George DeFrancesco has been making cool “moooves” for almost 20 years. Based out of La Puente, CA, his company, DeFrancesco’s Dairy Transport (DDT), built its foundation hauling raw milk in polished tankers. Over the years, this hard-working trucker, who started out with nothing, built a solid business which has now diversified into other commodities, as well. George says that his secret is not about making huge amounts of money, but instead, earning lots of little profits. As he puts it, “Just keep earning nickels – eventually you will have enough of them to make a buck!” And, based on his rig featured here and on our cover and centerfold this month, he has obviously made a few nickels.
Some people are born into a trucking family, which makes it easier to follow in the footsteps of the ones that rolled before them. Such is not the case for George DeFrancesco (49) – he had to search a little harder for his trucking mentor. His dad has owned his own landscaping business for years, and George worked with him a lot while growing up, but he was not interested in digging holes – he wanted to go trucking. Thankfully, he had an uncle who farmed and trucked, and George spent as much time as he could with him. His name was Byron Burkhardt.
Growing hay on his farm at the southern end of the Sierra Nevada Mountains in the shadow of Mt. Whitney (the highest point in the lower 48 states) in beautiful Olancha, CA, Byron had a 50-acre farm and a couple cool 359 Peterbilts, which he used to haul the hay and crude oil. Both of these trucks were daycabs with 2-sticks – one was a 1970 and the other was a 1971. Some of George’s earliest memories are trucking with his uncle in those rigs. Whenever Byron shifted those two sticks, he’d put his hands through the steering wheel and then turn to George and give him a wink. For whatever reason, that particular memory really stuck in George’s brain, and was probably one of the things that made him realize that trucking was what he wanted to do.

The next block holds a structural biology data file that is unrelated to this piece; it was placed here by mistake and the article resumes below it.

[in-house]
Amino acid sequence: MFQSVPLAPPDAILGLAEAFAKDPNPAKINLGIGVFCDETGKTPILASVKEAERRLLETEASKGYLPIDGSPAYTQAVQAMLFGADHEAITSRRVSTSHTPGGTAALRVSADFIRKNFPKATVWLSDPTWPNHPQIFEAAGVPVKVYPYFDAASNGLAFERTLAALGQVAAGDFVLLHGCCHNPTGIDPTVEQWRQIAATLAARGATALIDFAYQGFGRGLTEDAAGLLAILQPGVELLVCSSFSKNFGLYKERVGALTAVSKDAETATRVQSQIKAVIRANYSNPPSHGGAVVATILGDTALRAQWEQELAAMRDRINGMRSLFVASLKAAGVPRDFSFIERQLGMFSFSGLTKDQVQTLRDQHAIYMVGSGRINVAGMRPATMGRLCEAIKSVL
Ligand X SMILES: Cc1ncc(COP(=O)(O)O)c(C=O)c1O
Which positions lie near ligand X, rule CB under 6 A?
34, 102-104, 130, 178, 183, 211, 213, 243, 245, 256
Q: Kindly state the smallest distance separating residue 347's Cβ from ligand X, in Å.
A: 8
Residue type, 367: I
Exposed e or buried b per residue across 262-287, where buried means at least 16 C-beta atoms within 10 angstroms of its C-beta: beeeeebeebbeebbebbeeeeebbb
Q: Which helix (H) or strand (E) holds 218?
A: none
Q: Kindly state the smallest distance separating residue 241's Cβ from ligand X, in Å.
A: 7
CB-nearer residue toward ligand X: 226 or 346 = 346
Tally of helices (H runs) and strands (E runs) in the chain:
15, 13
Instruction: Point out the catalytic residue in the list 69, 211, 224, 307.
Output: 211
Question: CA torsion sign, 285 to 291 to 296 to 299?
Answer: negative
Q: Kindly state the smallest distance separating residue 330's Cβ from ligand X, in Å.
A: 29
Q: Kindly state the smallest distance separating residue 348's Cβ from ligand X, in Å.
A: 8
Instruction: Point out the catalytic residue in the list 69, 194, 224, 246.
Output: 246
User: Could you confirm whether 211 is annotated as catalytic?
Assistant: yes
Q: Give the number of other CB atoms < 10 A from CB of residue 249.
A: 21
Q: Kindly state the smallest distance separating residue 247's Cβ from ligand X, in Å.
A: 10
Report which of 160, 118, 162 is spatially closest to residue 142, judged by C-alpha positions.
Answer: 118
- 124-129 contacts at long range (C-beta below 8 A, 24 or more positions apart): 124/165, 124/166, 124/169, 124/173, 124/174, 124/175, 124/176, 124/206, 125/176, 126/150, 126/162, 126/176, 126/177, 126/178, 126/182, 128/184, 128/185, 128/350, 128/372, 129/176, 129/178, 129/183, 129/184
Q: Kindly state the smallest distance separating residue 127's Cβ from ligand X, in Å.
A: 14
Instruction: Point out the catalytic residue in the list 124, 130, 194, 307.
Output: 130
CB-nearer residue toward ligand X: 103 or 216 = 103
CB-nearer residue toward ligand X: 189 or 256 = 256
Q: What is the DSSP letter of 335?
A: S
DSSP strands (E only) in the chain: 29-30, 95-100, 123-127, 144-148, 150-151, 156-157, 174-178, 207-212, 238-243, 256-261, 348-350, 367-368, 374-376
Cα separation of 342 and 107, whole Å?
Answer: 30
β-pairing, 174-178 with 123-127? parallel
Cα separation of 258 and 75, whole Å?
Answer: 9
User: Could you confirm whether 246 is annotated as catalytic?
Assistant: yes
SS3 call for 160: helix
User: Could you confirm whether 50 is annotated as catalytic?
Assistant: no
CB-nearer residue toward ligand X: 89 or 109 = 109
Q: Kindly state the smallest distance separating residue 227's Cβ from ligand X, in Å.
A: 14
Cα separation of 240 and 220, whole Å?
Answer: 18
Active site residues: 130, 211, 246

Working with his father since he was 12 years old, George learned a lot about work ethic from his dad, who is one of the hardest-working people he knows. But, as soon as he could get away from the world of landscaping, he did. Around the time he turned 18 and graduated from high school (1985), he got a job at a local transmission shop. It was not a very glamorous job – he mostly tore apart transmissions – but it was better than digging holes and trimming trees. A few months later, he applied and got a job at Alta Dena Dairy as a lube and service guy in their Truck Maintenance Department (he wanted to be a truck driver, but he was still too young).
Back then, still owned and operated by the Stueve family, Alta Dena Dairy was one of the largest and well-known operations in Southern California, but their fleet of trucks was pretty old. George cut his teeth working on Internationals, GMCs, and Freightliners from the 1960s and 70s. These old rigs required a lot of work to keep them going. Anytime George got the chance to drive one of the trucks around the yard (or beyond), he took it. Although he did not have his CDL – or even his permit – he got pretty good at driving the trucks. At 19, he finally went and got his permit, and then started going out with Alta Dena’s in-house tow truck drivers on road calls when one of their trucks would break down.